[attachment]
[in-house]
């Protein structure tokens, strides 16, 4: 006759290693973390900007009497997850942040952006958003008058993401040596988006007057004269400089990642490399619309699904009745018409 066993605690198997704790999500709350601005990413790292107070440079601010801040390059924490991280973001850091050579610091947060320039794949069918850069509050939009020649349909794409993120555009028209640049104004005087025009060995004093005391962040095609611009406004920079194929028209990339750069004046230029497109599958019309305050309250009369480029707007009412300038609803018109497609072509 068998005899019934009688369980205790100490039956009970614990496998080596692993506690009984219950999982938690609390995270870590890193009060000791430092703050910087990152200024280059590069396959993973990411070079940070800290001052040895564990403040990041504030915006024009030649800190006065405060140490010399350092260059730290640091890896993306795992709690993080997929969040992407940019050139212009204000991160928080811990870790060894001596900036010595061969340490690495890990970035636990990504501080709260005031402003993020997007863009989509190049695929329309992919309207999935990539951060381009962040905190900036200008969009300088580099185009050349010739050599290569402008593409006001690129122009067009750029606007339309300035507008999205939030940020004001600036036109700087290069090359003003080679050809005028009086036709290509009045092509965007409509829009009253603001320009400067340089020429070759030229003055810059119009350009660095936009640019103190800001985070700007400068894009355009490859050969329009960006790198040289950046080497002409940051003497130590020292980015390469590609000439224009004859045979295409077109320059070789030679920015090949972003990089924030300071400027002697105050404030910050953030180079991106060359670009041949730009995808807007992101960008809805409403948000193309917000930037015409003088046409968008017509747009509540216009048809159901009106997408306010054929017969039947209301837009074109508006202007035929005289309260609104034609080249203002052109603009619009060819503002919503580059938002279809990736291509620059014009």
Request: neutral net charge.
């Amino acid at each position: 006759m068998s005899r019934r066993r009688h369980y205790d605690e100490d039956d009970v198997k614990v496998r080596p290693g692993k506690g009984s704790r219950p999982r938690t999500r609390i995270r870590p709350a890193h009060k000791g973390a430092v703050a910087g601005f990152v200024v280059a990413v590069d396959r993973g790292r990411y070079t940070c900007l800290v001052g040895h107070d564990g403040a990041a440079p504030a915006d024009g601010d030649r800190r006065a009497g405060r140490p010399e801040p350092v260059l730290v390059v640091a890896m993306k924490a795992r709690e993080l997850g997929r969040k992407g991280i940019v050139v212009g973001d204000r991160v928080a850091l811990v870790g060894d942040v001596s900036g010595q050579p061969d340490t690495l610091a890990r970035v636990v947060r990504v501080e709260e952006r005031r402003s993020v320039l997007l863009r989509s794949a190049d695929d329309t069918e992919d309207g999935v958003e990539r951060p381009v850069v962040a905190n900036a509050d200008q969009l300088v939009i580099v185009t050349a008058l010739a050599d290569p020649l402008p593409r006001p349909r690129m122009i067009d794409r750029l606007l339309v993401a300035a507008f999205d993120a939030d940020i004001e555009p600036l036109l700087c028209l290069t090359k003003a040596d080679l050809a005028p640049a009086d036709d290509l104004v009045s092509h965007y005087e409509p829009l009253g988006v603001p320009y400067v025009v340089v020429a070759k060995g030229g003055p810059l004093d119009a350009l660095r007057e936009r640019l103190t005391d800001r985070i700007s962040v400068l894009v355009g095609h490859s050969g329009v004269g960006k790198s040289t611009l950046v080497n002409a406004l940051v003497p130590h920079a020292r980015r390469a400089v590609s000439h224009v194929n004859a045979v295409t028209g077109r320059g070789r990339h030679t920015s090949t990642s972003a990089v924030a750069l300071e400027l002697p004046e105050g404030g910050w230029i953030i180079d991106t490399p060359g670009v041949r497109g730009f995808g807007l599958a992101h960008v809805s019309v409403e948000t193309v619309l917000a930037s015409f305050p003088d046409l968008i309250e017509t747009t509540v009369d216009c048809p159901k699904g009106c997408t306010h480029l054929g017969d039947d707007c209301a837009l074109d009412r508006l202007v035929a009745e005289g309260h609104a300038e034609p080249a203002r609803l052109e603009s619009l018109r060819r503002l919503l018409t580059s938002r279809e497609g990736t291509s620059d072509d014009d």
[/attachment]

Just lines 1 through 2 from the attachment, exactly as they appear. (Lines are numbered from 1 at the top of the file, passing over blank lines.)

[in-house]
């Protein structure tokens, strides 16, 4: 006759290693973390900007009497997850942040952006958003008058993401040596988006007057004269400089990642490399619309699904009745018409 066993605690198997704790999500709350601005990413790292107070440079601010801040390059924490991280973001850091050579610091947060320039794949069918850069509050939009020649349909794409993120555009028209640049104004005087025009060995004093005391962040095609611009406004920079194929028209990339750069004046230029497109599958019309305050309250009369480029707007009412300038609803018109497609072509 068998005899019934009688369980205790100490039956009970614990496998080596692993506690009984219950999982938690609390995270870590890193009060000791430092703050910087990152200024280059590069396959993973990411070079940070800290001052040895564990403040990041504030915006024009030649800190006065405060140490010399350092260059730290640091890896993306795992709690993080997929969040992407940019050139212009204000991160928080811990870790060894001596900036010595061969340490690495890990970035636990990504501080709260005031402003993020997007863009989509190049695929329309992919309207999935990539951060381009962040905190900036200008969009300088580099185009050349010739050599290569402008593409006001690129122009067009750029606007339309300035507008999205939030940020004001600036036109700087290069090359003003080679050809005028009086036709290509009045092509965007409509829009009253603001320009400067340089020429070759030229003055810059119009350009660095936009640019103190800001985070700007400068894009355009490859050969329009960006790198040289950046080497002409940051003497130590020292980015390469590609000439224009004859045979295409077109320059070789030679920015090949972003990089924030300071400027002697105050404030910050953030180079991106060359670009041949730009995808807007992101960008809805409403948000193309917000930037015409003088046409968008017509747009509540216009048809159901009106997408306010054929017969039947209301837009074109508006202007035929005289309260609104034609080249203002052109603009619009060819503002919503580059938002279809990736291509620059014009």